Obama Announces Federal Medical Marijuana Policy

Today, the Department of Justice released guidelines to clarify the enforcement of federal policy on people in states with medical marijuana legislation.  The new guidelines prioritize federal law enforcement resources for drug traffickers and money launders and explicitly state that prosecuting those in compliance with state law should not be a priority.

As a general matter, pursuit of these priorities should not focus federal resources in your States on individuals whose actions are in clear and unambiguous compliance with existing state laws providing for the medical use of marijuana. For example, prosecution of individuals with cancer or other serious illnesses who use marijuana as part of a recommended treatment regimen consistent with applicable state law, or those caregivers in clear and unambiguous compliance with existing state law who provide such individuals with marijuana, is unlikely to be an efficient use of limited federal resources.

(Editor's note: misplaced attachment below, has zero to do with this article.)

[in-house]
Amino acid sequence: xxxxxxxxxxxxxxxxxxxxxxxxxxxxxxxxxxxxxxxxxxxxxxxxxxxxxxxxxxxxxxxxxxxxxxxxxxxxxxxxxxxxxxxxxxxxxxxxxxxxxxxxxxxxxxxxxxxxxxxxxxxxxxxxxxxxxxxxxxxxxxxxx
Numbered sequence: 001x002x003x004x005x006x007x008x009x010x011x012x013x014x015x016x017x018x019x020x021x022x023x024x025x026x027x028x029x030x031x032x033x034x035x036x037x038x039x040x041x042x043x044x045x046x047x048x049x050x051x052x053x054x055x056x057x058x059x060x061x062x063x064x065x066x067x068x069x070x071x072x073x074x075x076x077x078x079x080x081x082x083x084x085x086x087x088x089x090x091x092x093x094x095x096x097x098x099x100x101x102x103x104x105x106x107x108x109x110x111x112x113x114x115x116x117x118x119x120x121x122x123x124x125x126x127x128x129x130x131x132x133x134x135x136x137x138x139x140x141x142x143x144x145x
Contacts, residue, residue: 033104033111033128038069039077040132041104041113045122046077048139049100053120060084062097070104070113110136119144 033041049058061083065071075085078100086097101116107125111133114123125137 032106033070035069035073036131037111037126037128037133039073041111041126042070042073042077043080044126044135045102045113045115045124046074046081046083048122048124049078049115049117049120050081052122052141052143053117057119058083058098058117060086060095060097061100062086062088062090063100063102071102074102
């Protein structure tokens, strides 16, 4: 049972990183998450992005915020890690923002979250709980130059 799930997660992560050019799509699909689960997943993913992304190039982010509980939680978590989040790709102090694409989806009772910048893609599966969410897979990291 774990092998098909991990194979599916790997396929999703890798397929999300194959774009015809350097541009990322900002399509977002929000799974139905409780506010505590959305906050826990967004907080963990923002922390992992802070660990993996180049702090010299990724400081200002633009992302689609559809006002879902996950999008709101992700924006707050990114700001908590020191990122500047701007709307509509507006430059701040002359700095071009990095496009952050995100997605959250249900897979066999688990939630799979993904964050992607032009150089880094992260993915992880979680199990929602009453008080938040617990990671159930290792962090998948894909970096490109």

If the feds stick to these new guidelines, states like Rhode Island and Michigan will be able to create regulations around a system of cannabis distribution. It will also make it more likely for those dispensaries in compliance with state law in California to set a clear example for what other medical marijuana dispensaries in the state should look like.

While fourteen states have legalized the medical use of marijuana, the federal government has, especially under the Bush administration, prosecuted medical marijuana patients, caregivers, and dispensaries, even when in compliance with state law.

President Obama stated on numerous occasions during the primaries that he did not think arresting medical marijuana patients was a good use of Department of Justice resources. Yet raids on collectives and dispensaries, mostly in California, continued even after Attorney General Eric Holder announced that Obama's stance on the issue was "now American Policy."

Will the DoJ stick to its guns? It's hard to tell. But resources and money are scarce, and support for outright legalization is up around the country. A recent Gallop Poll has 44% of Americans saying they want to see pot legalized. That same poll showed that 78% of self-proclaimed "liberals" supported legalization.